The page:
Recognize that some costs with certain vendors are going to be similar (for instance, professional and reputable photographers are going to have similar packages; the same with videographers and limousines). However, caterers, florists, and cake professionals may vary considerably in costs, and this has more to do with the quality of their work or service or what you are desirous of having for your wedding. Also, ask the vendors you talk with on the telephone, what other vendors they like to work with. Make a note of these and call them to get information. If a vendor is not willing to give you most of the above information on the telephone or send you the material by fax or mail, then think twice about scheduling an appointment. But, in fairness to the vendor, recognize also that most wedding professionals are small businesses and especially regarding weddings, prefer to meet the bride and groom in the flesh so as to be able to show them their products or services firsthand.
Take all the information that you have gathered, look at their costs (even if these are ranges), and then put them into your “Realistic Costs” column.
Once you have gathered the above information, then you can begin making appointments to interview vendors. Start interviewing the vendor who seems to be the most pleasant and closest to matching your budget and what you want. Remember when interviewing vendors, you must compare apples to apples and not apples to oranges. This means, just because one photographer might have a lower price, doesn’t mean that he or she is offering the same thing. Again, when interviewing vendors, ask what other vendors they like to work with. Make a note to interview those vendors. A successful wedding has a good team behind the scenes. And a good team is made up of people who have worked well together.
At the end of the interview with each vendor, ask them to commit to a price according to what you have explained you want. if the rate is over your budget, then talk to the vendor and ask if there are ways they work, products or services that can be tailored so that you can stay within your budget. Leave with some concept of “Actual Cost” for that vendor. Take all of these costs and put them into your “Actual Cost” column. Now, for the first time, you have a realistic concept of what the wedding of your dreams will cost. But also, you should have an idea of the cost of your wedding that might be more streamlined and cut back so that you are not going over your budget but at the same time not compromising too much on what your dreams are.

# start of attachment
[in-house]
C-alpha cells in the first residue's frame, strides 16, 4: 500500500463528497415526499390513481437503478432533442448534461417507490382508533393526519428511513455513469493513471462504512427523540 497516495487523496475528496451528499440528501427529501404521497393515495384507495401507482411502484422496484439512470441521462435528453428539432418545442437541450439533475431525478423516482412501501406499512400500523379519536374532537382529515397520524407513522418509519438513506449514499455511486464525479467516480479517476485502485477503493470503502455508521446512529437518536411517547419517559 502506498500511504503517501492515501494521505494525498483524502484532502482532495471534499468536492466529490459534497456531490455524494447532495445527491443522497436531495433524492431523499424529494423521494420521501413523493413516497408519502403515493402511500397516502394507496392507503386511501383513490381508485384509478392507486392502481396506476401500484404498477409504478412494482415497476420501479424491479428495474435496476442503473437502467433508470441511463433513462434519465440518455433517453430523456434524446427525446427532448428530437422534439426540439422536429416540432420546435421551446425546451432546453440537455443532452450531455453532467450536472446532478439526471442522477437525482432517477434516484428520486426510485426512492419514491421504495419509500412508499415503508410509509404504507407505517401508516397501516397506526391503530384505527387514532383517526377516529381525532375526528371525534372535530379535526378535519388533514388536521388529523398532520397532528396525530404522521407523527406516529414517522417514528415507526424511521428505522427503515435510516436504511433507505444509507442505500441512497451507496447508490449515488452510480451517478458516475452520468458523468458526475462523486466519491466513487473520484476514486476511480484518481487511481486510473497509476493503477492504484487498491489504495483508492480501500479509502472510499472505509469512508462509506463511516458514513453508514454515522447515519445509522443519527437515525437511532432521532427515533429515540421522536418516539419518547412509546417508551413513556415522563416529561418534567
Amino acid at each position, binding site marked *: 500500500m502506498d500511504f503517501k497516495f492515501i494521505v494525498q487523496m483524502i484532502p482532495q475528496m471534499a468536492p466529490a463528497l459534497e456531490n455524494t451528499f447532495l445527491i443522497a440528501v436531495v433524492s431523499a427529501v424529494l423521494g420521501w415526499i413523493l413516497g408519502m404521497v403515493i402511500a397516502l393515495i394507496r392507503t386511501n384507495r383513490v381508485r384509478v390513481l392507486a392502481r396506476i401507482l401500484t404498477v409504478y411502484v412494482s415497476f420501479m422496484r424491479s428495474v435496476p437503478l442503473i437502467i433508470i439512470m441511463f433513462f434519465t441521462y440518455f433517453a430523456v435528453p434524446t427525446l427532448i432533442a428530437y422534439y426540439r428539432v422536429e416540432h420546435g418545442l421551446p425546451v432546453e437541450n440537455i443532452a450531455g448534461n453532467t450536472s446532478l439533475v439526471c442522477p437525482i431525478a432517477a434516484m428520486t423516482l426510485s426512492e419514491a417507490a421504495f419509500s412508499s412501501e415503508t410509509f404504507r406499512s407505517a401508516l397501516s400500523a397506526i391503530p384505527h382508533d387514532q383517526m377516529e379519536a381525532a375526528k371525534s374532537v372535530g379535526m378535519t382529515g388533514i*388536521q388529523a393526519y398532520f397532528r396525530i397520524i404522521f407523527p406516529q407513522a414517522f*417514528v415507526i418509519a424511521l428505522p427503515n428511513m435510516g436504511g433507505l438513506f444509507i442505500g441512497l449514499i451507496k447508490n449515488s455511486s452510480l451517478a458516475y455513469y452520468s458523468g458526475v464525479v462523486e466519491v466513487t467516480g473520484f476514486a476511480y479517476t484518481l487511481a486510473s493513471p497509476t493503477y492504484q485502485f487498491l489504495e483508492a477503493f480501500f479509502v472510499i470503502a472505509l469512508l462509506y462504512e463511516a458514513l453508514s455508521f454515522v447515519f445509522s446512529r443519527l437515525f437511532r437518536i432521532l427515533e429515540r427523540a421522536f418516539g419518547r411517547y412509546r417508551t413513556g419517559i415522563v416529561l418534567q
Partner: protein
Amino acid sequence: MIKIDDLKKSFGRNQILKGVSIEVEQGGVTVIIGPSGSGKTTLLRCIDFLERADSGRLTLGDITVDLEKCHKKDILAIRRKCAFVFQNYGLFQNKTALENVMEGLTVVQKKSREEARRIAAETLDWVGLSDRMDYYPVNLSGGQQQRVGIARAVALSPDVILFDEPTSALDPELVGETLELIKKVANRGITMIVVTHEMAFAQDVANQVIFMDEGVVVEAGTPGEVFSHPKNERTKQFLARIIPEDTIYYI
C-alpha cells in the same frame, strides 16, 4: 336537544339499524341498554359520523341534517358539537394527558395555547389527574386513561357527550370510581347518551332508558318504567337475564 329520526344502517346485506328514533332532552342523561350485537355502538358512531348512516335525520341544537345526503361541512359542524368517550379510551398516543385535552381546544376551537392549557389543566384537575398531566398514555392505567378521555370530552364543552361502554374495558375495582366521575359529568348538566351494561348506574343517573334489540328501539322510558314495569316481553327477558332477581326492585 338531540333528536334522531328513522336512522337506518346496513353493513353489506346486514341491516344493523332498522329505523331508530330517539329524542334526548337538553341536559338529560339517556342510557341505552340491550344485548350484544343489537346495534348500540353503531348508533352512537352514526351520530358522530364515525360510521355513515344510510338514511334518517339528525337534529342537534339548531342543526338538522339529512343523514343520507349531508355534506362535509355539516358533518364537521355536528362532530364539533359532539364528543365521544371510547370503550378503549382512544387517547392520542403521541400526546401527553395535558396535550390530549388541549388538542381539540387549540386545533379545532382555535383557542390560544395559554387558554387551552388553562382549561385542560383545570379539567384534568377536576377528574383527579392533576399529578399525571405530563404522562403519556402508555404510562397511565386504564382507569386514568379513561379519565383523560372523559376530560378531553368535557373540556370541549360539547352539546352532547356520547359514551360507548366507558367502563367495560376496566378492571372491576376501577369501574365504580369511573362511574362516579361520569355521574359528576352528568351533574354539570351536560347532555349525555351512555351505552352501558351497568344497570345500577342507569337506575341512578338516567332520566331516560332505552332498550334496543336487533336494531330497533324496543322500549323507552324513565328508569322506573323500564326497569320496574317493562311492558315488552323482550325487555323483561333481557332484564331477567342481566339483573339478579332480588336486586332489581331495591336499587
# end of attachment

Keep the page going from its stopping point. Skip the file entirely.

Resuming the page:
Now that you have a realistic budget, determine if you can afford to present your desired wedding. Find out from one another and the sets of parents where the money is going to come from. Total the amounts and compare them to your “Realistic Cost” column. Call the vendors that you best like, that you think will best do what you want, and get a contract sent to you. If a vendor is unwilling to get a contract then at least get everything in writing …. you may have to draft the letter yourself, send the letter to him and have his/her signature and yours with the date and amount contracted. If the person isn’t able to do this, then don’t even think of firing that person to do your wedding.
My most important advice: Figure out your budget and stay with it. This means: first, figure out a budget for the wedding of your dreams, and secondly, figure out a wedding according to your budget. A lot of money is going to be spent on your wedding day; make sure you are getting your money’s worth, but most of all, don’t go into debt over this most important day in your two lives.